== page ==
by Pastor Doug Kings
A number of years ago, I came across a famous quote of the great Swiss psychiatrist, Carl Jung (1876-1961). Just recently, however, I found a snippet of the interview with Jung where the quote is from. (You can watch it here.)
The person speaking with Jung has just asked him about his religious upbringing. Jung’s family was populated with Swiss Reformed pastors, including his father and grandfather. At one time Jung planned to follow in their footsteps. So yes, he responds, when he was young, he certainly went to church and believed in God.
Then the interviewer surprises Jung by asking, “Do you now believe in God?” He pauses a moment and says, “Difficult to answer,” but a grin starts spreading across his face. Then he says, with a twinkle in his eye, “I don’t need to believe. I know.”
One place I saw that quote, it was approvingly used by an evangelical Christian. But Jung was no orthodox Christian. He came to recognize how weak and inadequate the church had become, and moved on. Yet Jung had a deep and meaningful spirituality. More than a century before the current use of the phrase, Jung was counted among the “spiritual but not religious.”
There have actually been such people for as long as there has been religion. They are the ones who recognize religion’s limitations. When religion fails to recognize those limitations and takes itself too seriously, such people step back, in protest or simply to maintain personal integrity. Probably the most famous ancient example is Socrates, who tradition says was executed (“drank the hemlock”) in 399 BCE for “impiety”, i.e. allegedly disparaging the Athenian state religion.
A survey released last week indicates that the “impious” among us are many and growing. For the first time, a survey of Americans showed less than half the population were “certain that God exists.” While a significant milestone, it isn’t especially surprising. It is in keeping with Gallup’s recent finding that, also for the first time, less than half of Americans belong to a congregation of any kind, and others showing large drops in worship attendance.
I think the idea of “believing in God” has become essentially meaningless. Marcus Borg (1942-2015) was a New Testament scholar and taught religion at a secular university. Students without any religious affiliation would often take his introductory course to fulfill a graduation requirement.
On one occasion, when a student realized Borg himself was a Christian, he said to him after class that he didn’t believe in God. Borg replied, “Tell me about the God you don’t believe in.” The student then described his understanding of God and Borg responded, “Well, I don’t believe in that God either.” The student’s jaw dropped. It hadn’t occurred to him that there wasn’t one set definition of who or what God is.
For as long as they have been around, religions have endlessly debated the nature and identity of God. And the differences haven’t just been between religions but within religions. Scholars and most honest readers recognize that the Bible expresses many different understandings of God. As a result Jews, Christians and Muslims have squabbled among themselves as much as they have with those outside their respective tents.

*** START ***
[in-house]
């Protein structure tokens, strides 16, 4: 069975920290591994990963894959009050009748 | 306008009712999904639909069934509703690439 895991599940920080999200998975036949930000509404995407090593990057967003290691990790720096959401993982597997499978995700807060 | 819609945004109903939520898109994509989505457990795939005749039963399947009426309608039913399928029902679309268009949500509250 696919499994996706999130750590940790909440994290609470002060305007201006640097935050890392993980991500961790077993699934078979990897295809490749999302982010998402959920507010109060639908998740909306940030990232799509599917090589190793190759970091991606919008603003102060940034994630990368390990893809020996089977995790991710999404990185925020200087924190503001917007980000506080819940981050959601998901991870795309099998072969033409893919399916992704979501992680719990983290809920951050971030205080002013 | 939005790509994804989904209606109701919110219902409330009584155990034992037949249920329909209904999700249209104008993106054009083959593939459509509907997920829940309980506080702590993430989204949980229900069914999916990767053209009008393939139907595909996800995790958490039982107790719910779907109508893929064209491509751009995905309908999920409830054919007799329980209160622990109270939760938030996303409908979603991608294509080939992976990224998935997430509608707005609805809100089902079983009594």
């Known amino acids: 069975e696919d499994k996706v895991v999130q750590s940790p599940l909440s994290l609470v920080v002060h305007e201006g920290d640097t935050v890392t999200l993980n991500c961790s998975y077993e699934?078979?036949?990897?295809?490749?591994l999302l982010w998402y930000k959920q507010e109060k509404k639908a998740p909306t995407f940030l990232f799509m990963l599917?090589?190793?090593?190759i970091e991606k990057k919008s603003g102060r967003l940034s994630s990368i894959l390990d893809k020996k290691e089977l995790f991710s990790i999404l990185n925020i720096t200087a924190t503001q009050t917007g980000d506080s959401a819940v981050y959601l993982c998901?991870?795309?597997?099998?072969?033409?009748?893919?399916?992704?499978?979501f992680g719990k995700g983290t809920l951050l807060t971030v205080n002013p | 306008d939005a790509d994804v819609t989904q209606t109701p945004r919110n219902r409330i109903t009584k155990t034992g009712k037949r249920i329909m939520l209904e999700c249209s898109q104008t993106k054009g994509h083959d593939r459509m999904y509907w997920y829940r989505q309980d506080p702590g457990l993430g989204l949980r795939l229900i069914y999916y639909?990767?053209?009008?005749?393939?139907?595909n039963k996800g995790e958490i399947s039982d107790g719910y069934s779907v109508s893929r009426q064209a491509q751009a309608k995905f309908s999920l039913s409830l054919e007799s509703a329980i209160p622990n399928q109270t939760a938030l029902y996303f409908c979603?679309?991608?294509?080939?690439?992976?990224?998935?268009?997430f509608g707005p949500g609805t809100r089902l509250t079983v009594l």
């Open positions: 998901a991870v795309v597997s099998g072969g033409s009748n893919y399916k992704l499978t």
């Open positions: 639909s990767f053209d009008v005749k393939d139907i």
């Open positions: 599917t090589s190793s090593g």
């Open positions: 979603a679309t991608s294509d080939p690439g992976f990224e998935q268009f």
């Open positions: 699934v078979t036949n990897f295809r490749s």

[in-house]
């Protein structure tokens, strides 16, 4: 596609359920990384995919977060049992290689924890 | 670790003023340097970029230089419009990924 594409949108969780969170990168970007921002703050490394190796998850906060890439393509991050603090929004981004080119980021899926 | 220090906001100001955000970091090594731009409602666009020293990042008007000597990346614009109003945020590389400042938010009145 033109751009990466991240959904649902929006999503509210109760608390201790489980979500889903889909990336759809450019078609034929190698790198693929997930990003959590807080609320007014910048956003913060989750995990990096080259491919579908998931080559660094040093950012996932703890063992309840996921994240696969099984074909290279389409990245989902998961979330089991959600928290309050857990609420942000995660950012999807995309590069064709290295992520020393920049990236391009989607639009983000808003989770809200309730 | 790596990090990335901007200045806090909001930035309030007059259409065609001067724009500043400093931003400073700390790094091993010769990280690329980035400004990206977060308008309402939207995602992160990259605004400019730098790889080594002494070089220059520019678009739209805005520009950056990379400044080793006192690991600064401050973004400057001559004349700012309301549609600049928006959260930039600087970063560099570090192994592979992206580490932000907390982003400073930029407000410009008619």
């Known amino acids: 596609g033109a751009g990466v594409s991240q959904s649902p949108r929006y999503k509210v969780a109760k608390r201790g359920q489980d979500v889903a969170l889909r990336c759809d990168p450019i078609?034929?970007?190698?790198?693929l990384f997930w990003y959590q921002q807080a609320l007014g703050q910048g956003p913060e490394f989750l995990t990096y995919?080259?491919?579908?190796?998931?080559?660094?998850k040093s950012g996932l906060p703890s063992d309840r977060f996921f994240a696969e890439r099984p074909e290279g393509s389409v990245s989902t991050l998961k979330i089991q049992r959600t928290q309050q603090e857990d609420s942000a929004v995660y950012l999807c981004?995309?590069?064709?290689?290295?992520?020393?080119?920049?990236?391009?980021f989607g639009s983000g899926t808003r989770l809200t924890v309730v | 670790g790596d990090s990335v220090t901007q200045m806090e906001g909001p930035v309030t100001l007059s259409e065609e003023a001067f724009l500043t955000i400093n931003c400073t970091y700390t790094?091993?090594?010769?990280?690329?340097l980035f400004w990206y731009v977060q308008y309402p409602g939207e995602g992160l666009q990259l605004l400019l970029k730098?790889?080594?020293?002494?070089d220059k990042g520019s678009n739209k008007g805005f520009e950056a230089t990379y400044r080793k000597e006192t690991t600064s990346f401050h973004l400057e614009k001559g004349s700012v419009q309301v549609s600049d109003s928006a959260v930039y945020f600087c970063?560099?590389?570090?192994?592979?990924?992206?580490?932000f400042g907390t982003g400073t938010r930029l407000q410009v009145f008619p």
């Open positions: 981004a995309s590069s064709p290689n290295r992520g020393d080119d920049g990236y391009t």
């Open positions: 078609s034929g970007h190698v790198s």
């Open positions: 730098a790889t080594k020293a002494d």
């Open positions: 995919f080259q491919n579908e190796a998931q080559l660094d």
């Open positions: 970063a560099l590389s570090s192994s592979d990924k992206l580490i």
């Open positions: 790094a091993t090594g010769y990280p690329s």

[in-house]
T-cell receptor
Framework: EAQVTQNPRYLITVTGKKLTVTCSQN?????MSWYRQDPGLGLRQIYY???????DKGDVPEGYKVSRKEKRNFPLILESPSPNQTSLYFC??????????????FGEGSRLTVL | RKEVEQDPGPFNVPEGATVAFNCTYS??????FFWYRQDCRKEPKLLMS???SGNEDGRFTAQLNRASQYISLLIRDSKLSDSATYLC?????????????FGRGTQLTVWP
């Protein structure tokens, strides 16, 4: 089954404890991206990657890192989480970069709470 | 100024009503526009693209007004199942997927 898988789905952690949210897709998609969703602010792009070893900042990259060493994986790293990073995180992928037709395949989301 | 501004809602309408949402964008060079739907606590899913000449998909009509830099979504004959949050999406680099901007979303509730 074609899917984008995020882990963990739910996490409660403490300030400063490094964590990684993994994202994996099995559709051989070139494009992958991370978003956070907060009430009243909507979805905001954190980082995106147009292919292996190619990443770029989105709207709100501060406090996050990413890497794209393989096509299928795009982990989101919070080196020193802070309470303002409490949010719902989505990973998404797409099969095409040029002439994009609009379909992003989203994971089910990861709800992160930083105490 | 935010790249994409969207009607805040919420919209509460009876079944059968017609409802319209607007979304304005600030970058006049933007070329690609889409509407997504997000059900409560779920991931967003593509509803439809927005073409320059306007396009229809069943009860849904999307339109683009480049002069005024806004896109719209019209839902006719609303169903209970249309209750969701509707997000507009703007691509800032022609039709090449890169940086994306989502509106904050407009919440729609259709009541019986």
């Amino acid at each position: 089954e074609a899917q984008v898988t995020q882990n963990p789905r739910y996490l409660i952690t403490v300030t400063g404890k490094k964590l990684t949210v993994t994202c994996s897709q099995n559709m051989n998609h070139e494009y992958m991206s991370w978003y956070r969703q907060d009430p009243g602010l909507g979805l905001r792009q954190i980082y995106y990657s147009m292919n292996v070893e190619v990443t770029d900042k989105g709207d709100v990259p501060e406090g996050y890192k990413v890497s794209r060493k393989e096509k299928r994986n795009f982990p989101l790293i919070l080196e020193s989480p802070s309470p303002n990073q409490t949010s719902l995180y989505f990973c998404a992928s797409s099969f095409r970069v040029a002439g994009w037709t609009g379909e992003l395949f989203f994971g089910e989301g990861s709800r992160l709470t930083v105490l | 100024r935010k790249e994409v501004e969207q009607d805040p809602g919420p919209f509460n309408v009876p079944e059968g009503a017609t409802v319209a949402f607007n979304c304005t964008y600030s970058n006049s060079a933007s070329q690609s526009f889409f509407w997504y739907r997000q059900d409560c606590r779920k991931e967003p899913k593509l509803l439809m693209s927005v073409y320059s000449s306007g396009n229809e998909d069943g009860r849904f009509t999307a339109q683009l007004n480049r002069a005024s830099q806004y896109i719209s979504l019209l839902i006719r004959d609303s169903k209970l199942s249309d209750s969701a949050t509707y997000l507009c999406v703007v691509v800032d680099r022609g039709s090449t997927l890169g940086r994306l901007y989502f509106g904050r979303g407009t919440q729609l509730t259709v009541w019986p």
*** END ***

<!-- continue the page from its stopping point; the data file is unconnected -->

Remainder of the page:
Today, however, few have any real interest in “ideas” about God, let alone squabbling about them. Start discussing the differences among the various Christian denominations, or the groups within Judaism and Islam, and most eyes soon glaze over. What does it all mean? Who’s right (if anyone)? And why should I care?
The renowned Catholic theologian, Karl Rahner (1904-1984), famously said that the church should stop using the word “God” for fifty years, since its usage had become so distorted. Of course, the church didn’t take his advice. But that may be part of what is behind the declining “belief” in God today.
Rahner also predicted that Christians of the future will either be mystics, or they won’t be anything at all. And here he connects with the Carl Jung quote above. For mystics are people for whom the experience of God is far more important than ideas about God. They would nod in agreement with Jung’s statement, “I don’t need to believe. I know.”
In most churches, bringing up the idea of experiencing God will result in a lot of embarrassed, deer-in-the-headlights looks. The reason for that, I believe, is not that people haven’t had such experiences but that they lack the words to talk about them. It’s that “God” word problem again. People try to connect the religious ideas about God they’ve accumulated during their life with their experience, and it doesn’t work.
Of course, experiencing God isn’t beans. Just ask the saints and prophets. It may turn your life upside down. But if your life is already topsy turvy, it also may get you back on your feet. The increasing disbelief in religion’s God, however, may reflect a growing awareness that such a God is unlikely to do either of those things.
In that respect, religion’s “God of ideas” is predictable and safe. As Richard Rohr has said, the church is one of the best places to hide from God. We can learn about voices from a burning bush or out of a whirlwind without fear that we might actually have such an experience.
The growing disinterest in religion may mean people are becoming willing to take the risk. Modern life can be wonderful, but it still throws us a lot of curves, including that awkward habit of coming to an end. Our relationships can be amazingly rich, yet our social institutions look increasingly unstable and even threatening. And why are we destroying our planetary habitat when we all agree that it’s a really bad idea?
Knowing things about God hasn’t helped much with any of that. Perhaps we need to give knowing God a try.
Blessings in your life and ministry.